A proposed city library in Five Points would include art space, courtesy of the RiNo Art District

The public-private partnership means the city will pay rent on a building it owns in exchange for the redevelopment.

A currently unused building that's now part of the RiNo Art Park in Five Points. Jan. 27, 2021.

A currently unused building that's now part of the RiNo Art Park in Five Points. Jan. 27, 2021.

Kevin J. Beaty/Denverite
(Kevin J. Beaty/Denverite)

staff photo

A former police building along 35th Street in Five Points is a step closer to becoming a Denver Public Library branch with affordable studio space for artists.

Last week, Denver City Council’s housing committee approved a $1.8 million agreement that would allow the RiNo Art District to redevelop the building at 1930 35th St. The project would turn 7,000 square feet of the space into a library branch. RiNo would manage the building’s operations and financing for 10 years.

According to a presentation by Denver Public Library staff during the Jan. 27 housing committee meting, the library, located near the South Platte River, would serve Cole, Elyria-Swansea, Globeville and Five Points.

A rendering provided by the Denver Public Library of a new branch under construction in the RiNo Art District in Five Points.

A rendering provided by the Denver Public Library of a new branch under construction in the RiNo Art District in Five Points.

 

During a presentation to the committee, Denver City Librarian Michelle Jeske said a Globeville neighborhood plan adopted in 2014 listed library services among the needs for the neighborhood.

Librarian Annie Kemmerling said the new library will help serve this and other nearby neighborhoods. Jeske said a library would still be needed in nearby Globeville, though a site for it has not been found.

Longtime Globeville resident Gayle LeRoux said that when the city considered moving tiny homes for people experiencing homelessness to her neighborhood two years ago, she helped survey 180 residents about what they wanted to see in the neighborhood. Among the top needs were grocery stores, parks and a library. But she doesn’t think the new library will be accessible for most people in her neighborhood.

“If it’s built in RiNo, we’re just excluded from it,” LeRoux said, echoing longtime concerns from some residents who feel excluded from the ever-changing area overseen by the art district.

RiNo Art District co-founder and executive director Tracy Weil said the entire project will cost about $3 million, paid for primarily through fundraising. Special tax districts in the area will pitch in dollars as well, including the RiNo Business Improvement District and the RiNo Denver General Improvement District. Weil said about $900,000 has already been raised for the project (about a third from fundraising and two-thirds from the tax districts). The money will go toward redevelopment of the building.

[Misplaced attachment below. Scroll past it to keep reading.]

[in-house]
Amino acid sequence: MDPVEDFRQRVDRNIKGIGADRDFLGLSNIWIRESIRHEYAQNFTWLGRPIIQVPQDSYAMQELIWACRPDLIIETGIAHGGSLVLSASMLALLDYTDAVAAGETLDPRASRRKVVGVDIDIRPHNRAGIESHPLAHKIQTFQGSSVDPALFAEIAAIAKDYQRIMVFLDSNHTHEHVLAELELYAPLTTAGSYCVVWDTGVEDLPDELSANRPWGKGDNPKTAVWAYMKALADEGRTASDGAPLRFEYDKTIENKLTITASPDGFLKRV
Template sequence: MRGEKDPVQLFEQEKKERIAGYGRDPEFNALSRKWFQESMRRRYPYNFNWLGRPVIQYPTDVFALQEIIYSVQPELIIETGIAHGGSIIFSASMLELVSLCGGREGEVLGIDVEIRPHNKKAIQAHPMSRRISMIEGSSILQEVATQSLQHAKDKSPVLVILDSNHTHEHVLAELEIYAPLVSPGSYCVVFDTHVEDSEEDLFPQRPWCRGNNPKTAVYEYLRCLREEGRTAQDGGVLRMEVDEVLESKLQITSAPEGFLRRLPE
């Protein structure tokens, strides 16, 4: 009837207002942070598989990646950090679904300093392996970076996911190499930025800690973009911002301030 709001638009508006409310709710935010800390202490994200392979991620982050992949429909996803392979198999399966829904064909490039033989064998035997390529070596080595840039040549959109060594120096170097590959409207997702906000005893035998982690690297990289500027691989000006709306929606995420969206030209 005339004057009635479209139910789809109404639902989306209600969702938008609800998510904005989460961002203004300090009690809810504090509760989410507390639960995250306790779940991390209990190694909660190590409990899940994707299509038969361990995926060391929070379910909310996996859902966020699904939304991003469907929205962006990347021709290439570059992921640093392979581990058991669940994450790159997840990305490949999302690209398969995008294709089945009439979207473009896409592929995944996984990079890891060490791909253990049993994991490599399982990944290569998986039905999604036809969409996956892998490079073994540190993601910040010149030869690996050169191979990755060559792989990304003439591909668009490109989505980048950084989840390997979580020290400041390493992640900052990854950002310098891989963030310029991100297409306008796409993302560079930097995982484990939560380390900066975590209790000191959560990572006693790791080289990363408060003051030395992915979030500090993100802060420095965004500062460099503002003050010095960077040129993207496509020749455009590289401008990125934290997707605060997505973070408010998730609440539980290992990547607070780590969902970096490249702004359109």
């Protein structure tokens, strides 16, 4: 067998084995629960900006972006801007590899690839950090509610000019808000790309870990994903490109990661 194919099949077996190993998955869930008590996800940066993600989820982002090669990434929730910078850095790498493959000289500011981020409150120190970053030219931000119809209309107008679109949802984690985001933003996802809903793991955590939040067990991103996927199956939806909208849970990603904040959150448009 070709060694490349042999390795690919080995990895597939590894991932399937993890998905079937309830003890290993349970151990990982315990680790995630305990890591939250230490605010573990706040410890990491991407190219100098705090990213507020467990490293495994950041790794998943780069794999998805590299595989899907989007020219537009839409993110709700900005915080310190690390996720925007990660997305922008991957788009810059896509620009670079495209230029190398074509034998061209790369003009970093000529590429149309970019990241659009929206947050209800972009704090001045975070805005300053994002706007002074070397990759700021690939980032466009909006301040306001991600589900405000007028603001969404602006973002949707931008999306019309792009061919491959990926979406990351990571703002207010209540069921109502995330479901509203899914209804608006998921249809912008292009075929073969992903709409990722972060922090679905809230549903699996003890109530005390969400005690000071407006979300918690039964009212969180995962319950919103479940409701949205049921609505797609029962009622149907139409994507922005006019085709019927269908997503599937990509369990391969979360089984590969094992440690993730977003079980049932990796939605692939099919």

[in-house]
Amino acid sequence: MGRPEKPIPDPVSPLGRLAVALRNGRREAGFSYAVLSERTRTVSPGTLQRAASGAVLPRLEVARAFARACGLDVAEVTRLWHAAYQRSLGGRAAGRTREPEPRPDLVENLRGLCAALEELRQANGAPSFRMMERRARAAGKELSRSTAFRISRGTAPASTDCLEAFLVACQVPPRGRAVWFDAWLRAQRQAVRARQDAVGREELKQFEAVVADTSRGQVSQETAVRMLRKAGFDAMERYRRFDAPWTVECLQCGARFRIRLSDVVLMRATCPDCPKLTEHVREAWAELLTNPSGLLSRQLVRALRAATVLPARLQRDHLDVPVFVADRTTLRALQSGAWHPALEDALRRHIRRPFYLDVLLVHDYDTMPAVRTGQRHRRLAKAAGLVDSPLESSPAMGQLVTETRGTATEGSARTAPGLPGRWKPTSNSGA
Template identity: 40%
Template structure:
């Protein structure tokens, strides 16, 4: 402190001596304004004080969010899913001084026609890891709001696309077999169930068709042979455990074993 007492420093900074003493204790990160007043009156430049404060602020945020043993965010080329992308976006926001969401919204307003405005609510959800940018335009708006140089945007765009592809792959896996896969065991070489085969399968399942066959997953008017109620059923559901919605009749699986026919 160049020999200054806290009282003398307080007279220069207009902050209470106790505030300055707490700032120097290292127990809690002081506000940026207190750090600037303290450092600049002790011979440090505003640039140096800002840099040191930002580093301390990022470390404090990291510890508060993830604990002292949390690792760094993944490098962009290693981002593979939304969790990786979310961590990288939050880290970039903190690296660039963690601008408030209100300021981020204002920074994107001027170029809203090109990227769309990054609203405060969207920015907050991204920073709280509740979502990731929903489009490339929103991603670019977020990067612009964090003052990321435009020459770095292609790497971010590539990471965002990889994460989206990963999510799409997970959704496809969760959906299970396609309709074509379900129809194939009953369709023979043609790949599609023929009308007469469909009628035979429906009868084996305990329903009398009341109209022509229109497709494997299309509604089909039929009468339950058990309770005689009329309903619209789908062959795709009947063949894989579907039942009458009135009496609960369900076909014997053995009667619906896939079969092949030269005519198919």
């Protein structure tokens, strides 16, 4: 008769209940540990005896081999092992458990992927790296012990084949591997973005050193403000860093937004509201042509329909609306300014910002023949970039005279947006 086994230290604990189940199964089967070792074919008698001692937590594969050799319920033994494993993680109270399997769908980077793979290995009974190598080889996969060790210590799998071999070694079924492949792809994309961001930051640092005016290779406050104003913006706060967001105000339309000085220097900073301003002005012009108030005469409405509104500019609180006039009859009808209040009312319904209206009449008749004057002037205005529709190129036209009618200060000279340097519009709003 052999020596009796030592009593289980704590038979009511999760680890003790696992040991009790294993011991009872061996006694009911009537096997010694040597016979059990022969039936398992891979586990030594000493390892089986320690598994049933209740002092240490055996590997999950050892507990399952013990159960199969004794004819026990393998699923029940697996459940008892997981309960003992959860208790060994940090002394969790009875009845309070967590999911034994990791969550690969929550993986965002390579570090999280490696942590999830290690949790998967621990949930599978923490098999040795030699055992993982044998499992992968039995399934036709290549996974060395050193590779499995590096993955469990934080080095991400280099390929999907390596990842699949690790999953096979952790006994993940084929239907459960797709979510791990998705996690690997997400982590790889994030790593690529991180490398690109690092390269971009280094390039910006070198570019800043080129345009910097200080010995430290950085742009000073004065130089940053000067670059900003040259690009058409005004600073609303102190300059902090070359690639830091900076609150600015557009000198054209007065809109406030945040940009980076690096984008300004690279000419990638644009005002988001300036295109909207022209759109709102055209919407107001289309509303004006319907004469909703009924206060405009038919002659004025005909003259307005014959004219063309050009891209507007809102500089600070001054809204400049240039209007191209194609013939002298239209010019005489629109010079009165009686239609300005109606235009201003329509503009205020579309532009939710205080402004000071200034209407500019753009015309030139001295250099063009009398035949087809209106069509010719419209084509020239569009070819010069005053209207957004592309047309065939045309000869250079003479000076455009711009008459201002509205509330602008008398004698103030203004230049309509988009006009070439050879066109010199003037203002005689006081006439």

Jeske said the agreement will help the city save money. The city will pay about $12 per square foot for annual management fees, rather than the $30 per square foot she said is a more common estimate for the area. She said the city wouldn’t be able to afford a project like this in any neighborhood, and especially in the River North area, without a partner.

“RiNo Art District understands the value that the Denver Public Library is going to bring to this project and this community,” Jeske said during the meeting.

Work on the site has already started.

A layout provided during Wednesday’s meeting shows the library will share space with Redline, a contemporary art center, to host affordable art studios. Public restrooms will be available, while a retractable door will connect the art spaces with the library.

An old police substation that's currently unused and now part of the RiNo Art Park in Five Points. Jan. 27, 2021.

An old police substation that's currently unused and now part of the RiNo Art Park in Five Points. Jan. 27, 2021.

Kevin J. Beaty/Denverite

Kemmerling said the Comal Heritage Food Incubator, located in the TAXI development in RiNo, will also host business programs at the library, while Denver Zine Library is also interested in using space there. She called the model for the library “unique.”

Weil said feedback from the surrounding community suggested people wanted the existing building to remain and provide spaces for creative work. He said there will be more opportunities for people to weigh in and make suggestions about the kind of art tools — like recording studios and 3D printers — that people want to see in the shared space.

“There’s not really a lot of examples of this stuff in the region, so we’re very excited about this,” Weil said.

Councilmember Candi CdeBaca, whose district includes Five Points, said she’d like to see a new library branch in nearby Elyria-Swansea because the area’s current branch, Valdez-Perry Branch Library, is not accessible for all residents.

“Our hope is that eventually we can have one on the south side of the bridge in Swansea so that we all have access there,” CdeBaca said.

Denver Public Library spokesperson Olivia Gallegos said in an email the library is open to exploring partnerships similar to the one with RiNo to help build new libraries. (Jeske identified Westwood as another city neighborhood in need of a larger library.)

The agreement approved last week will move to city council for final consideration.

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